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Rights + Justice

SRO Tenants Have Lived with Broken Windows for Years

The city has ordered the property managers to fix the problem. Tenants have been complaining for months.

Jen St. Denis 8 Oct

Jen St. Denis is The Tyee’s Downtown Eastside reporter. Find her on Twitter @JenStDen.

Tenants of an East Vancouver rooming house that receives funding from BC Housing say they’ve been living with broken windows in their rooms for as long as two years, despite asking repeatedly for repairs.

Both windows The Tyee observed on visits to the Flint Hotel at 1516 Powell St. did not have any glass in the frame, putting the tenants’ rooms open to the elements.

Erika Breau and Craigh Pushie, who live together in a room on the third floor, have patched their broken window with particle board taken from the back of a dresser. Breau and Pushie said the window was broken about 18 months ago during a period when they were living in a different room in the building.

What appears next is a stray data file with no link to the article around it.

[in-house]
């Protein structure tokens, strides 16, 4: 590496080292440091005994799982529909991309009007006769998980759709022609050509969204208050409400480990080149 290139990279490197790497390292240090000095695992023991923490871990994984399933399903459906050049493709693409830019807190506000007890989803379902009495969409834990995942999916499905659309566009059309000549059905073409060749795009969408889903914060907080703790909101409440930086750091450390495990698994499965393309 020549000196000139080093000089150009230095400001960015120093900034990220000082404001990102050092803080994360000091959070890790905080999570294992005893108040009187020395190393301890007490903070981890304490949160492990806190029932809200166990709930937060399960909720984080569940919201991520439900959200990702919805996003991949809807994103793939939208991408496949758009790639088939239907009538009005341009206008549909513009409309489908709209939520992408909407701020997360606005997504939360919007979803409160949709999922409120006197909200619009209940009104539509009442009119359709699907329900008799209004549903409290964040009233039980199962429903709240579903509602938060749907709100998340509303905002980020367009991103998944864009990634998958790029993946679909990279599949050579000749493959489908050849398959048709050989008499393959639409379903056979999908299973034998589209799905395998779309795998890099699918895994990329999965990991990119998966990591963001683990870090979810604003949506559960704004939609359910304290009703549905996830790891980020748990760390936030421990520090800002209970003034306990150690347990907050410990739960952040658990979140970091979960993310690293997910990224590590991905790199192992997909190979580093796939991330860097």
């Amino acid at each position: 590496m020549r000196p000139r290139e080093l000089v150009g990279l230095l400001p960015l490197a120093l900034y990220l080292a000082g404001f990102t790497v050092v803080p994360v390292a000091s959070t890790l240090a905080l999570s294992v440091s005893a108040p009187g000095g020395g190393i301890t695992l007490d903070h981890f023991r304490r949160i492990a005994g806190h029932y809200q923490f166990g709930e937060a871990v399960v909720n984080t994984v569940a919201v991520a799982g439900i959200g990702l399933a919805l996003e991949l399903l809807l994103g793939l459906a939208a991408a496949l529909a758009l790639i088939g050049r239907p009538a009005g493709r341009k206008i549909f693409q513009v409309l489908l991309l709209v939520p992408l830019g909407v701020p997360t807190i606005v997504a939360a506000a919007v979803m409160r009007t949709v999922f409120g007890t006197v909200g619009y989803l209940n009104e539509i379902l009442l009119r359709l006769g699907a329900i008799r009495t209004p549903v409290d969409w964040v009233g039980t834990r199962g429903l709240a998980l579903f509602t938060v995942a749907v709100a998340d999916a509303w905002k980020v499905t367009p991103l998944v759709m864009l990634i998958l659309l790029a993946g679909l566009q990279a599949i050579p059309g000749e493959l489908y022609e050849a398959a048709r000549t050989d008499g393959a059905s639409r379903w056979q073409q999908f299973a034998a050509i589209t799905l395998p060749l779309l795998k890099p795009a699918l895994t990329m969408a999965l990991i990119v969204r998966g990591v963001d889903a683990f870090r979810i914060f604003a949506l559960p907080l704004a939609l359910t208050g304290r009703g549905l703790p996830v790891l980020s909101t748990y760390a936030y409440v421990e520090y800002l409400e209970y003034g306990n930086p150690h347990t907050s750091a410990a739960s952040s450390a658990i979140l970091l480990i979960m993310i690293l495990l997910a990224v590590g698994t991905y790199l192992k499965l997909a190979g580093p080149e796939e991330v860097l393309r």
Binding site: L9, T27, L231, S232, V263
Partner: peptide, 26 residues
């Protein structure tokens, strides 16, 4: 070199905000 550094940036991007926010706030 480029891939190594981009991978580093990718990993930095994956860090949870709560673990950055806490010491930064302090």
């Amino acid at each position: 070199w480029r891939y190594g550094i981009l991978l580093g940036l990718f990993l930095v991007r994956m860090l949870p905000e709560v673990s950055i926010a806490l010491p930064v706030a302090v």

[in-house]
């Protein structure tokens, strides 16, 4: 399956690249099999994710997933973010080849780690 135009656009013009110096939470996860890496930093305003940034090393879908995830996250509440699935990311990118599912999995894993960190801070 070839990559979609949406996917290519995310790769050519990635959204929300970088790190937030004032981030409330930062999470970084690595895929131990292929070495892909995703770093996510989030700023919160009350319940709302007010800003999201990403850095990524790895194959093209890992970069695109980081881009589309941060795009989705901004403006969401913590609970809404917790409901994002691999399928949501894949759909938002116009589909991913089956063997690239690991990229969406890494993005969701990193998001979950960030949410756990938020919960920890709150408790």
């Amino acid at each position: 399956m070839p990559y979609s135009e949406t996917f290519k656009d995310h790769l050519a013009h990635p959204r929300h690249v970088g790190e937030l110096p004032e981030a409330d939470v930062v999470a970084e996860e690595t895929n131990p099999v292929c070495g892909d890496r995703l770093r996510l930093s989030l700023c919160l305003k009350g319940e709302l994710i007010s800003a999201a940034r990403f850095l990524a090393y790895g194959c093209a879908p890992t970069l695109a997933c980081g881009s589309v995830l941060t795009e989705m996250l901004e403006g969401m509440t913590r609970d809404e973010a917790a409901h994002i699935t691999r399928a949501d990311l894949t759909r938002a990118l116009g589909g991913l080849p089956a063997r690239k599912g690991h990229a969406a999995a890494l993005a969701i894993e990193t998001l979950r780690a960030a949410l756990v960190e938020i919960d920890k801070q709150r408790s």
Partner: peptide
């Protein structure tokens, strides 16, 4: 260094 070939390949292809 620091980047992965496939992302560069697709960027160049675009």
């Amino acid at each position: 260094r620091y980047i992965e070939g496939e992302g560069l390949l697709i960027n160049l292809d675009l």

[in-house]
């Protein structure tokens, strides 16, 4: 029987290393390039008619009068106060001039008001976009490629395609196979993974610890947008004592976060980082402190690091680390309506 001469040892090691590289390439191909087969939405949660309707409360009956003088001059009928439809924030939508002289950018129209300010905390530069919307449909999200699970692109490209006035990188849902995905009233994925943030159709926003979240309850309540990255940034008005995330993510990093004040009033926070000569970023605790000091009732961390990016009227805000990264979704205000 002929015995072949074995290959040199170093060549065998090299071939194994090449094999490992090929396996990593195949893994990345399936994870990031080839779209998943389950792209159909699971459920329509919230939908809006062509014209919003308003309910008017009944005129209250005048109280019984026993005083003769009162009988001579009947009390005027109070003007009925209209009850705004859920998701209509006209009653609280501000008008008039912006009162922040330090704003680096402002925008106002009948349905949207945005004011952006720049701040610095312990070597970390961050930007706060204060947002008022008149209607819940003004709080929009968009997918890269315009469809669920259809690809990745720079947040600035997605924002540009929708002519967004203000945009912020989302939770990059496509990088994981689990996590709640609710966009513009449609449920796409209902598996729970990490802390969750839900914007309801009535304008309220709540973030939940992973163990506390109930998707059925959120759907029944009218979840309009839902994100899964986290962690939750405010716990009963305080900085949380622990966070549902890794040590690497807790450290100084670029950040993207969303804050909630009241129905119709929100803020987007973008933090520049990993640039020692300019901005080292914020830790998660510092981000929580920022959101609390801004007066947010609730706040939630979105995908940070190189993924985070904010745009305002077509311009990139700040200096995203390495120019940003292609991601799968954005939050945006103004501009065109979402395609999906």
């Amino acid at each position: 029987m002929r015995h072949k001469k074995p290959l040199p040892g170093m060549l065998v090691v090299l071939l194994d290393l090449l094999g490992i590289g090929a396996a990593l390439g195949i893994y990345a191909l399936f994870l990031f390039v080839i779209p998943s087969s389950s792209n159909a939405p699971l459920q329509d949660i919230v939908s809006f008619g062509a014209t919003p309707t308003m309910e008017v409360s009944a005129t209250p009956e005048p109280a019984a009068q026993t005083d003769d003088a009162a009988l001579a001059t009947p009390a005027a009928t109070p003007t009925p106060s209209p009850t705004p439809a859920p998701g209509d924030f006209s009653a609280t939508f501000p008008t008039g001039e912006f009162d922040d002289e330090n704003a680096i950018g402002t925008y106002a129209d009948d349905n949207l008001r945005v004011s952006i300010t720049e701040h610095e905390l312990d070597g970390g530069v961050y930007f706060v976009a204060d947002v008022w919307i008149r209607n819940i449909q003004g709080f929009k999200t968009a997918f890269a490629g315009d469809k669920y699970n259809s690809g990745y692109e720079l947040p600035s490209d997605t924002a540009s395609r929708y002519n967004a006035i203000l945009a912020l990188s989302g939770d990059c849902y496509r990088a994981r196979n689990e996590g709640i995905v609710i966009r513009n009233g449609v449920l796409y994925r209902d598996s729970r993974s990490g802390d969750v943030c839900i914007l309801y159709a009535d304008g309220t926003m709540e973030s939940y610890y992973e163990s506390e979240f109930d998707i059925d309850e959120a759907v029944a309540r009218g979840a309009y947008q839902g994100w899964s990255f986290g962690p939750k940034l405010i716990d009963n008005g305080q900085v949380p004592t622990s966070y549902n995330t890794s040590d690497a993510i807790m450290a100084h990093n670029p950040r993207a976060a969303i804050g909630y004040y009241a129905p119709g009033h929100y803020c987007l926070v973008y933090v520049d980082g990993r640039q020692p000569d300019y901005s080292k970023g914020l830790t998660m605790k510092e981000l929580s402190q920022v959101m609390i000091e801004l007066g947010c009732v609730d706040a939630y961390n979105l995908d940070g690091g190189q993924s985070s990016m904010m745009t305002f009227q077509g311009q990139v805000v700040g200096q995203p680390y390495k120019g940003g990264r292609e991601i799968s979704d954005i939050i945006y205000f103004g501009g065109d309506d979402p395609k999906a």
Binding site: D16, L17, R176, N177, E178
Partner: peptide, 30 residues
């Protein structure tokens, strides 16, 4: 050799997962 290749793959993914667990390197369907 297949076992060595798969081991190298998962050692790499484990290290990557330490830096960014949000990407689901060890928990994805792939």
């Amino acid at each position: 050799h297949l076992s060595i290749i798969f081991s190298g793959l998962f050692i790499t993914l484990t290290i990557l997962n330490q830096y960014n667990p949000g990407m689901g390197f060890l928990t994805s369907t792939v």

The couple said they have asked repeatedly for the window to be fixed. When temperatures dropped in September, they went for the homegrown repair.

“It was really cold out and we were sitting in our room,” Breau said. “We were freezing.”

On the fourth floor, Clint Randan has the same problem. He said he doesn’t know how the window got broken two years ago, but rooms are often broken into and his door currently doesn’t have a working lock.

City of Vancouver staff say that building inspectors discovered six broken windows in the Flint during an inspection in September, and ordered the windows be repaired within 30 days of the inspection.

Atira Property Management Inc., which operates the building, says Randan, Breau and Pushie didn’t report the broken windows and staff only found out about them during an inspection in September.

Demi Tioluwani, a media relations specialist with Atira, said that repairs were ordered immediately as soon as the broken windows were discovered, and the windows are expected to be fixed this week.

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Breau and Pushie patched their broken window with particle board from the back of a dresser. Photo by Jen St. Denis.

But Breau and Pushie said they first let their building manager know about their broken window in the summer of 2020 and have repeatedly asked when the window will be fixed since then.